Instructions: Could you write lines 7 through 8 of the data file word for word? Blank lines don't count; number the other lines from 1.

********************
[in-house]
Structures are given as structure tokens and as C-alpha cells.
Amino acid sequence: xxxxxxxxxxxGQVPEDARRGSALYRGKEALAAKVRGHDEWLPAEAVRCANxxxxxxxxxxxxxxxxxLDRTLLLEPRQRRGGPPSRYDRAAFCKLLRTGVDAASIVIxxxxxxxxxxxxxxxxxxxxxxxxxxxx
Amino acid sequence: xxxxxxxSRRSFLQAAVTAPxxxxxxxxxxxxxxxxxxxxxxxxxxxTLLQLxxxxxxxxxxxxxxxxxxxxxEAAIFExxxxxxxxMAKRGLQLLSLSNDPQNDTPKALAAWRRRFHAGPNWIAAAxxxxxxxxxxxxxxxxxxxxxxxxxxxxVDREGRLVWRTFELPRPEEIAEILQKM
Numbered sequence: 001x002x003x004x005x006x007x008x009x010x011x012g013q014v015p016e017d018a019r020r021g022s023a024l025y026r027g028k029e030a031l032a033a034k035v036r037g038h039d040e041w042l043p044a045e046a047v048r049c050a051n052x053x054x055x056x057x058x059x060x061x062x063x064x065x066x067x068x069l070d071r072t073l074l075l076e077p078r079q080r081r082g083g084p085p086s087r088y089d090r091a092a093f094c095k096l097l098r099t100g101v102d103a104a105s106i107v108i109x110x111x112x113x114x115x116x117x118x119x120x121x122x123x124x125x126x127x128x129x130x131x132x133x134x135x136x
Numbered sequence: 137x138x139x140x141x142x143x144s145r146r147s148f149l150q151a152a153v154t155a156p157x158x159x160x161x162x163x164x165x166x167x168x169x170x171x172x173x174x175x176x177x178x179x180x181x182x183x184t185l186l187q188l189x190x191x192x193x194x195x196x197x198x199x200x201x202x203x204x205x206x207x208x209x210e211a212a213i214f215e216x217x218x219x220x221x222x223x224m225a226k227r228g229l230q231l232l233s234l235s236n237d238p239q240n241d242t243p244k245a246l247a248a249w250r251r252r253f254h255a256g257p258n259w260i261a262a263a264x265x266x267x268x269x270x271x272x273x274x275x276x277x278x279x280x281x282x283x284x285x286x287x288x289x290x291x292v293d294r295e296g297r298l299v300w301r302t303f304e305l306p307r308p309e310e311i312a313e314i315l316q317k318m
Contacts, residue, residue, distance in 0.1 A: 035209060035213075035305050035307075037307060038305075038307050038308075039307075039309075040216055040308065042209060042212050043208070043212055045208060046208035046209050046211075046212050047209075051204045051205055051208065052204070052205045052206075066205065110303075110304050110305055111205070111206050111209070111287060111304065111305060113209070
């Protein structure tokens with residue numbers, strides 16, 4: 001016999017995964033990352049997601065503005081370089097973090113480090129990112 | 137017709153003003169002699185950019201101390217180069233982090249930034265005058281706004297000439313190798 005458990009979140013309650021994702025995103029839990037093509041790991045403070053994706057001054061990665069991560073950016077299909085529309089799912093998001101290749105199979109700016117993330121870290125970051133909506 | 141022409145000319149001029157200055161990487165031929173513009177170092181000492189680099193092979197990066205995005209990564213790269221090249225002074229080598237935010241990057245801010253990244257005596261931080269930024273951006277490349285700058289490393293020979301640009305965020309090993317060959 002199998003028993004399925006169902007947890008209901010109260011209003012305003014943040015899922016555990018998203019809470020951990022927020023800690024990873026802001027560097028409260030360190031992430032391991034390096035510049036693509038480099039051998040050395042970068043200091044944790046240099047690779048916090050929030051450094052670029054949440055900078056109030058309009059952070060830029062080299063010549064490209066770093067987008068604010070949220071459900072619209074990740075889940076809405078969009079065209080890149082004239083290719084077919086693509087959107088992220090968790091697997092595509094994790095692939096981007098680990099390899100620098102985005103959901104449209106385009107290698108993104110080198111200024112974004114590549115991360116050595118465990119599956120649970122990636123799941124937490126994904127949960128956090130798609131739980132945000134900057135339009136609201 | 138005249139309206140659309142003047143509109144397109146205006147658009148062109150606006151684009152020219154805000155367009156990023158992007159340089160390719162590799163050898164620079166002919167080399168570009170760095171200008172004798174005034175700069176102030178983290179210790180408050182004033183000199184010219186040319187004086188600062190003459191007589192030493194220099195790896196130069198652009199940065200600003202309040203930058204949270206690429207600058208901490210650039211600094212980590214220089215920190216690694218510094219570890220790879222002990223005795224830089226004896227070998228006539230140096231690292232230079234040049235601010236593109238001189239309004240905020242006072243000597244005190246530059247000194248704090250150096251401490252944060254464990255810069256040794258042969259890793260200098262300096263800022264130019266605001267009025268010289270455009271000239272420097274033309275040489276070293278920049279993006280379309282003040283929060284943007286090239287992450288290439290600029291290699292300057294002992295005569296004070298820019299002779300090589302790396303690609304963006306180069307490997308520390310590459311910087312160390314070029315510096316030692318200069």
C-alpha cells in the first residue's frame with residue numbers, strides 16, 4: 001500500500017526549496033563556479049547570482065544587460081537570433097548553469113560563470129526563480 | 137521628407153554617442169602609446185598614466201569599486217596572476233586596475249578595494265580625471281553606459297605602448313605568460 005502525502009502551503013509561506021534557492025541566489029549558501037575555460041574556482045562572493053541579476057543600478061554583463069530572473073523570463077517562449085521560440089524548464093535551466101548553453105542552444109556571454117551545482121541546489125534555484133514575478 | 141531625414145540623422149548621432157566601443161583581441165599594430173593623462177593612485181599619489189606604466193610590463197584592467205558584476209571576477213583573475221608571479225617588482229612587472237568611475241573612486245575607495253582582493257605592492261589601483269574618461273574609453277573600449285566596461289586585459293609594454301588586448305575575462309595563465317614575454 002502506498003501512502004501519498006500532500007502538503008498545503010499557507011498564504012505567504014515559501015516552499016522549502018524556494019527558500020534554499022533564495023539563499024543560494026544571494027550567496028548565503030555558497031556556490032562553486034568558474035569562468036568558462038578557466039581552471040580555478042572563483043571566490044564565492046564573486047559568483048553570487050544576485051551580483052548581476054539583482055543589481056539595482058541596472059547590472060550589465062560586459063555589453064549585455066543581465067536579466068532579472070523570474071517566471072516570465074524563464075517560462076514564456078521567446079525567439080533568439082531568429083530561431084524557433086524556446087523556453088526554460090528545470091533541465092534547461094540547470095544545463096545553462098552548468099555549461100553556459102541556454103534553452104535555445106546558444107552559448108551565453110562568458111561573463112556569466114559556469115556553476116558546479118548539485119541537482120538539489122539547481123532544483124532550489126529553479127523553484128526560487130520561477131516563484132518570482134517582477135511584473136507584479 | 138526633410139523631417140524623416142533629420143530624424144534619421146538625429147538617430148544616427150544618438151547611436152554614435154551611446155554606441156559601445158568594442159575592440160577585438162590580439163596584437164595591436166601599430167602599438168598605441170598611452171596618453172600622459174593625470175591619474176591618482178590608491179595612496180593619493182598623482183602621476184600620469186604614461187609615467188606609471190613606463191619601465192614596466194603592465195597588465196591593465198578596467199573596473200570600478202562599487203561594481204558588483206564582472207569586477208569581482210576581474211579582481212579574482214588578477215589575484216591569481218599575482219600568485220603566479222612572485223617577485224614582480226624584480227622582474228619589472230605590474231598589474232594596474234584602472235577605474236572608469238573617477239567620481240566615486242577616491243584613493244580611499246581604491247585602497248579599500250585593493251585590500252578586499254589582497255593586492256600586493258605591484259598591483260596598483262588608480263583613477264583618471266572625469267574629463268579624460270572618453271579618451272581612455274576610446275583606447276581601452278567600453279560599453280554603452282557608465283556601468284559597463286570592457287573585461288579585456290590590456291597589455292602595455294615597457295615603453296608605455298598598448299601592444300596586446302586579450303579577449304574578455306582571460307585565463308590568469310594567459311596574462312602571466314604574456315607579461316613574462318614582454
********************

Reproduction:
Contacts, residue, residue, distance in 0.1 A: 035209060035213075035305050035307075037307060038305075038307050038308075039307075039309075040216055040308065042209060042212050043208070043212055045208060046208035046209050046211075046212050047209075051204045051205055051208065052204070052205045052206075066205065110303075110304050110305055111205070111206050111209070111287060111304065111305060113209070
């Protein structure tokens with residue numbers, strides 16, 4: 001016999017995964033990352049997601065503005081370089097973090113480090129990112 | 137017709153003003169002699185950019201101390217180069233982090249930034265005058281706004297000439313190798 005458990009979140013309650021994702025995103029839990037093509041790991045403070053994706057001054061990665069991560073950016077299909085529309089799912093998001101290749105199979109700016117993330121870290125970051133909506 | 141022409145000319149001029157200055161990487165031929173513009177170092181000492189680099193092979197990066205995005209990564213790269221090249225002074229080598237935010241990057245801010253990244257005596261931080269930024273951006277490349285700058289490393293020979301640009305965020309090993317060959 002199998003028993004399925006169902007947890008209901010109260011209003012305003014943040015899922016555990018998203019809470020951990022927020023800690024990873026802001027560097028409260030360190031992430032391991034390096035510049036693509038480099039051998040050395042970068043200091044944790046240099047690779048916090050929030051450094052670029054949440055900078056109030058309009059952070060830029062080299063010549064490209066770093067987008068604010070949220071459900072619209074990740075889940076809405078969009079065209080890149082004239083290719084077919086693509087959107088992220090968790091697997092595509094994790095692939096981007098680990099390899100620098102985005103959901104449209106385009107290698108993104110080198111200024112974004114590549115991360116050595118465990119599956120649970122990636123799941124937490126994904127949960128956090130798609131739980132945000134900057135339009136609201 | 138005249139309206140659309142003047143509109144397109146205006147658009148062109150606006151684009152020219154805000155367009156990023158992007159340089160390719162590799163050898164620079166002919167080399168570009170760095171200008172004798174005034175700069176102030178983290179210790180408050182004033183000199184010219186040319187004086188600062190003459191007589192030493194220099195790896196130069198652009199940065200600003202309040203930058204949270206690429207600058208901490210650039211600094212980590214220089215920190216690694218510094219570890220790879222002990223005795224830089226004896227070998228006539230140096231690292232230079234040049235601010236593109238001189239309004240905020242006072243000597244005190246530059247000194248704090250150096251401490252944060254464990255810069256040794258042969259890793260200098262300096263800022264130019266605001267009025268010289270455009271000239272420097274033309275040489276070293278920049279993006280379309282003040283929060284943007286090239287992450288290439290600029291290699292300057294002992295005569296004070298820019299002779300090589302790396303690609304963006306180069307490997308520390310590459311910087312160390314070029315510096316030692318200069």